It's unlikely Metiria Turei will do time for her crimes, according to a barrister who deals with benefit fraud.
The Green Party co-leader has admitted to lying about her living situation in the 1990s so she could vote in another electorate and receive a higher benefit payout.
The admission, and new information that came to light over the past week, has seen Ms Turei rule herself out of a ministerial position should the Greens form part of the next Government.
While she's paid a heavy political price, Catriona MacLennan says it would be surprising if Ms Turei was criminally punished.
"Normally what [Ministry of Social Development authorities] do is go up to people to get the money back," she told Newshub.
"If it's a big amount of money, if it's gone on for a long time, if they think it's more serious and they think they've got the evidence, then they'll prosecute."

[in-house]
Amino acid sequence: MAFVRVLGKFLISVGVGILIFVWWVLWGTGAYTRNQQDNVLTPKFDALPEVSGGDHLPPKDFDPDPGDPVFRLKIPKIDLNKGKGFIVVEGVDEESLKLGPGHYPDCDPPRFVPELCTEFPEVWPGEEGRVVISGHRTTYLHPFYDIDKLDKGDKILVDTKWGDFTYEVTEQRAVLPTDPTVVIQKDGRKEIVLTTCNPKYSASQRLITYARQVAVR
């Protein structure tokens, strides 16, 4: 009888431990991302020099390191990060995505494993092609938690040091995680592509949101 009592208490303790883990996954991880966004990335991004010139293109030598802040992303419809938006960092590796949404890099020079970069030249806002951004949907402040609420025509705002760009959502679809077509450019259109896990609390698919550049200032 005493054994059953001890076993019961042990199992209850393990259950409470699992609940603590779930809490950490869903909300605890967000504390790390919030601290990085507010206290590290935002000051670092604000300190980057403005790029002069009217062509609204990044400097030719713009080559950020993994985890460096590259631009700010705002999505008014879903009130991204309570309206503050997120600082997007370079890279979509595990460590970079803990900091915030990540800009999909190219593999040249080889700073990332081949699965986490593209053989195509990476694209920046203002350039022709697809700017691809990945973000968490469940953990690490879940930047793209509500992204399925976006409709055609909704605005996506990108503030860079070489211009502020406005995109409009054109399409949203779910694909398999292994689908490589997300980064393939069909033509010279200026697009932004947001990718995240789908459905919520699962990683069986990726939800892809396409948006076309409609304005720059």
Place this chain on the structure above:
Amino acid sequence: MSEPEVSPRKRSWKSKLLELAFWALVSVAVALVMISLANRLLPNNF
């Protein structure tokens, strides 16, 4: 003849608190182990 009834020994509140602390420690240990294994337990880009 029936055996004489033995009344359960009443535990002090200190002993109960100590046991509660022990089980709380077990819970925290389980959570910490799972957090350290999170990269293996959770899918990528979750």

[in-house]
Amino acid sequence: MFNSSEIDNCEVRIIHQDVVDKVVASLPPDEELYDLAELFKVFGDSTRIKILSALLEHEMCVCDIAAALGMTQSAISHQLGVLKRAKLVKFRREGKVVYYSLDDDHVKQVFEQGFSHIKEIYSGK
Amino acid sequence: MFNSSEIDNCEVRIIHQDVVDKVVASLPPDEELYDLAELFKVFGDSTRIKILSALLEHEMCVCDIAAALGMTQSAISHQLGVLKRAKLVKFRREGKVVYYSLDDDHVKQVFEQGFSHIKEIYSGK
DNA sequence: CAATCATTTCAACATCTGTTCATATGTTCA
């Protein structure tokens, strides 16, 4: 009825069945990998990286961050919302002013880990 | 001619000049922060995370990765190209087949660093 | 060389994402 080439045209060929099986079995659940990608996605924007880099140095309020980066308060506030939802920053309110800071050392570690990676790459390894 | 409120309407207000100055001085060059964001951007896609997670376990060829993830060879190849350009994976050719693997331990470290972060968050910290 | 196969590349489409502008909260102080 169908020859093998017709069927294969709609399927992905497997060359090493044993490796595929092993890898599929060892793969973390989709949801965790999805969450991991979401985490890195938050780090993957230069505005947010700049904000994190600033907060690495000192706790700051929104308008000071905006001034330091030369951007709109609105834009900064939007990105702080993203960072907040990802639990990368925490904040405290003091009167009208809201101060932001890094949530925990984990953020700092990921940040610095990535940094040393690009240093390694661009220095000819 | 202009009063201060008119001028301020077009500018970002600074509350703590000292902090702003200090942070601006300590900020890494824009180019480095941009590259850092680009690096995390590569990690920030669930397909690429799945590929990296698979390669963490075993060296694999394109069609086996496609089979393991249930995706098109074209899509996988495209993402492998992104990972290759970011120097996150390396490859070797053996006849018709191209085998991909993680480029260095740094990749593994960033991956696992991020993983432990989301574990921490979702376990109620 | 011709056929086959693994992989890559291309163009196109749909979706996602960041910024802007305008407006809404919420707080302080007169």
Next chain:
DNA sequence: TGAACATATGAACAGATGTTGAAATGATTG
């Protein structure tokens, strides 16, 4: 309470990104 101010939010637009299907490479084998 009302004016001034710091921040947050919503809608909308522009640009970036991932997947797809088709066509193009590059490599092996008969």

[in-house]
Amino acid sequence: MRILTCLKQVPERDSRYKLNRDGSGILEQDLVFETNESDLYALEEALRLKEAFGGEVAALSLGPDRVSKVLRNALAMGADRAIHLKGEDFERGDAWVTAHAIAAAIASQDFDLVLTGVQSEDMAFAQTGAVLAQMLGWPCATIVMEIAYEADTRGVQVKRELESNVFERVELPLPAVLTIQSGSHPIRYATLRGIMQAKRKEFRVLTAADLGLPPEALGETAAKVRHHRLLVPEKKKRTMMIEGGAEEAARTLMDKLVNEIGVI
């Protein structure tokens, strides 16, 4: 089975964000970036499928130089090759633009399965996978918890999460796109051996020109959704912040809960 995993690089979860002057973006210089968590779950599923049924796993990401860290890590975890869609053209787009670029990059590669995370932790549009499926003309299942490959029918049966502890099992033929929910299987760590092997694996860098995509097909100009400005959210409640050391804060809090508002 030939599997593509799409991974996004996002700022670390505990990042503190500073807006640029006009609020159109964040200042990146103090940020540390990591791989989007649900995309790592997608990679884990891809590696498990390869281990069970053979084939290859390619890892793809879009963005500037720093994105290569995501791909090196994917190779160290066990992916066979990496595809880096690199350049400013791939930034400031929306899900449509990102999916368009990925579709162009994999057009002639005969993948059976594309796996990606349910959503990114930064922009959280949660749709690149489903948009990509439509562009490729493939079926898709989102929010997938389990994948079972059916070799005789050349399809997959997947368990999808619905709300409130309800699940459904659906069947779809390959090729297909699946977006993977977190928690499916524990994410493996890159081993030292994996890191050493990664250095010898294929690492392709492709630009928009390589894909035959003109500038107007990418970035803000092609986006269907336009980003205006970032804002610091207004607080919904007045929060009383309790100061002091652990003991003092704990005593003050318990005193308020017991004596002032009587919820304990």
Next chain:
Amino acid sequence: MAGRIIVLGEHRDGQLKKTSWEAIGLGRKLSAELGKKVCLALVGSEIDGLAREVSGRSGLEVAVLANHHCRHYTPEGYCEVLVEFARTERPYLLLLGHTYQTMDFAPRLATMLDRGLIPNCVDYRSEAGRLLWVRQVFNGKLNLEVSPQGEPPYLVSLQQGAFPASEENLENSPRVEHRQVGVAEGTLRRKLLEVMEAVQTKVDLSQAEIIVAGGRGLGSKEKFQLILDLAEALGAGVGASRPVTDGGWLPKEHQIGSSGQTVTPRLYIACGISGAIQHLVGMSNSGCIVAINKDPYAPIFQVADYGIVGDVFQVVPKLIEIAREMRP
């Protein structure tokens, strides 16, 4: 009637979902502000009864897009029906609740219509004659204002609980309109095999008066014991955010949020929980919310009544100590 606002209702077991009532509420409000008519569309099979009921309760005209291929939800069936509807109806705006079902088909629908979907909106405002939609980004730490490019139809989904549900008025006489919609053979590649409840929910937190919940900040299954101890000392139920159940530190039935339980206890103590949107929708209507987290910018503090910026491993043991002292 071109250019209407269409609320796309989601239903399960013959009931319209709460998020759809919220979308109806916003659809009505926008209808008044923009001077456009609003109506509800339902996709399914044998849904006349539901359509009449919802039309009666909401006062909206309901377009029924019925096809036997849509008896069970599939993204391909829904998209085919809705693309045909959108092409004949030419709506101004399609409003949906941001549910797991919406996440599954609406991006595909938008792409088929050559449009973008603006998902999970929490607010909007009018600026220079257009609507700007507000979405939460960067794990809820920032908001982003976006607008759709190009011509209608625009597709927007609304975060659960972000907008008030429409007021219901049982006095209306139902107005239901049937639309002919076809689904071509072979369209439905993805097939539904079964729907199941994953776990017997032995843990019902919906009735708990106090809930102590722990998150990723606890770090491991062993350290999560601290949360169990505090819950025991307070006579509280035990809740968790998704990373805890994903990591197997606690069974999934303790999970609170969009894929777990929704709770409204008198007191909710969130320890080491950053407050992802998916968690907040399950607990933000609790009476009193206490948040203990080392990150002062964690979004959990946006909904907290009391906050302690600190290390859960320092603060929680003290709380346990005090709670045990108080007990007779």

If she is convicted, Ms Turei could face up to seven years behind bars.
But when it comes to her lies to Work and Income, Ms MacLennan says all Ms Turei was trying to do was improve her and her child's life, and that's worth celebrating.
"She was parenting and getting a law degree - isn't that exactly what we want people to do? What she was trying to do was get a qualification so she could be independent and support her child."
She says too much time has passed for a prosecution to have much chance of success.
"It would be very difficult because prosecutions are to a criminal standard, which means the Ministry of Social Development would need to prove it beyond reasonable doubt, and it would be quite hard to find evidence after all these years."
Labour leader Jacinda Ardern said Ms Turei made the right call in forgoing a ministerial spot, which would have been very likely otherwise in a Labour-Greens Government.
Ms Turei says she will keep up the fight for the poor regardless.
Greens co-leader James Shaw said he never asked Mr Turei to resign.